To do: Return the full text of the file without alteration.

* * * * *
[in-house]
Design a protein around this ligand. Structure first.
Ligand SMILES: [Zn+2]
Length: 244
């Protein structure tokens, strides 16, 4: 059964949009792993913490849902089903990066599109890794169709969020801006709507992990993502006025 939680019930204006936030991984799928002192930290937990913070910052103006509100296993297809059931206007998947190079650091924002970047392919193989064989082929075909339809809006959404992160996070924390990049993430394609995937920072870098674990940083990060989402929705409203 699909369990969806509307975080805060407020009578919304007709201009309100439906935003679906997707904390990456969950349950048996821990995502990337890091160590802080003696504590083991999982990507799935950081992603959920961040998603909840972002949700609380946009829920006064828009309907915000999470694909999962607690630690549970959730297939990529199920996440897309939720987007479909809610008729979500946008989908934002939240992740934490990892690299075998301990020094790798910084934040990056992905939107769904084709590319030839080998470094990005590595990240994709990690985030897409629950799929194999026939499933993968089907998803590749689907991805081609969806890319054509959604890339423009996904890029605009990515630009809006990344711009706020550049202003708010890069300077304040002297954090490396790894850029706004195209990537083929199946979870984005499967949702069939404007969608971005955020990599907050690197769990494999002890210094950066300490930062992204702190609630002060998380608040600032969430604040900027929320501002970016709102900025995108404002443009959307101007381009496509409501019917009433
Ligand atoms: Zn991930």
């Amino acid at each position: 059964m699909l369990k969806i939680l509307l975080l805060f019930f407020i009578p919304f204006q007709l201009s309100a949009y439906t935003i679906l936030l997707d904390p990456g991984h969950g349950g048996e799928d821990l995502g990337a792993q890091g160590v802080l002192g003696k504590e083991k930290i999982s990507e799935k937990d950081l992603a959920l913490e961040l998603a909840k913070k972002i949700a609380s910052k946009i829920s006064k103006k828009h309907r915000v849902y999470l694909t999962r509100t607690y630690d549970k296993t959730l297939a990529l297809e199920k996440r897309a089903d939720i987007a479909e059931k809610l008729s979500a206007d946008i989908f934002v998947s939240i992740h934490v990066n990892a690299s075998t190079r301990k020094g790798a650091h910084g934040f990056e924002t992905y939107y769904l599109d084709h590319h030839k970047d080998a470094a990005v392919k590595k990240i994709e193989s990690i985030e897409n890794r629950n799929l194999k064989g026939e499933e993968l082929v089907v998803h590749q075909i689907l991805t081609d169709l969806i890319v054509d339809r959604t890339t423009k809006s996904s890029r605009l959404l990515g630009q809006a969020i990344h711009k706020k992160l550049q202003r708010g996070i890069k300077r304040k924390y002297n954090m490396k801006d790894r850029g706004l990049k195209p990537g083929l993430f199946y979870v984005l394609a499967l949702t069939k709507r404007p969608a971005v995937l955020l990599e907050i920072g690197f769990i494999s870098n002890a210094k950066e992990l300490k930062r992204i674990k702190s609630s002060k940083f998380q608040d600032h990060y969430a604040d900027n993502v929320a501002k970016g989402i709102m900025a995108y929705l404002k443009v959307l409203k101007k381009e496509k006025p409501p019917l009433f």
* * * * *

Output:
[in-house]
Design a protein around this ligand. Structure first.
Ligand SMILES: [Zn+2]
Length: 244
């Protein structure tokens, strides 16, 4: 059964949009792993913490849902089903990066599109890794169709969020801006709507992990993502006025 939680019930204006936030991984799928002192930290937990913070910052103006509100296993297809059931206007998947190079650091924002970047392919193989064989082929075909339809809006959404992160996070924390990049993430394609995937920072870098674990940083990060989402929705409203 699909369990969806509307975080805060407020009578919304007709201009309100439906935003679906997707904390990456969950349950048996821990995502990337890091160590802080003696504590083991999982990507799935950081992603959920961040998603909840972002949700609380946009829920006064828009309907915000999470694909999962607690630690549970959730297939990529199920996440897309939720987007479909809610008729979500946008989908934002939240992740934490990892690299075998301990020094790798910084934040990056992905939107769904084709590319030839080998470094990005590595990240994709990690985030897409629950799929194999026939499933993968089907998803590749689907991805081609969806890319054509959604890339423009996904890029605009990515630009809006990344711009706020550049202003708010890069300077304040002297954090490396790894850029706004195209990537083929199946979870984005499967949702069939404007969608971005955020990599907050690197769990494999002890210094950066300490930062992204702190609630002060998380608040600032969430604040900027929320501002970016709102900025995108404002443009959307101007381009496509409501019917009433
Ligand atoms: Zn991930």
């Amino acid at each position: 059964m699909l369990k969806i939680l509307l975080l805060f019930f407020i009578p919304f204006q007709l201009s309100a949009y439906t935003i679906l936030l997707d904390p990456g991984h969950g349950g048996e799928d821990l995502g990337a792993q890091g160590v802080l002192g003696k504590e083991k930290i999982s990507e799935k937990d950081l992603a959920l913490e961040l998603a909840k913070k972002i949700a609380s910052k946009i829920s006064k103006k828009h309907r915000v849902y999470l694909t999962r509100t607690y630690d549970k296993t959730l297939a990529l297809e199920k996440r897309a089903d939720i987007a479909e059931k809610l008729s979500a206007d946008i989908f934002v998947s939240i992740h934490v990066n990892a690299s075998t190079r301990k020094g790798a650091h910084g934040f990056e924002t992905y939107y769904l599109d084709h590319h030839k970047d080998a470094a990005v392919k590595k990240i994709e193989s990690i985030e897409n890794r629950n799929l194999k064989g026939e499933e993968l082929v089907v998803h590749q075909i689907l991805t081609d169709l969806i890319v054509d339809r959604t890339t423009k809006s996904s890029r605009l959404l990515g630009q809006a969020i990344h711009k706020k992160l550049q202003r708010g996070i890069k300077r304040k924390y002297n954090m490396k801006d790894r850029g706004l990049k195209p990537g083929l993430f199946y979870v984005l394609a499967l949702t069939k709507r404007p969608a971005v995937l955020l990599e907050i920072g690197f769990i494999s870098n002890a210094k950066e992990l300490k930062r992204i674990k702190s609630s002060k940083f998380q608040d600032h990060y969430a604040d900027n993502v929320a501002k970016g989402i709102m900025a995108y929705l404002k443009v959307l409203k101007k381009e496509k006025p409501p019917l009433f």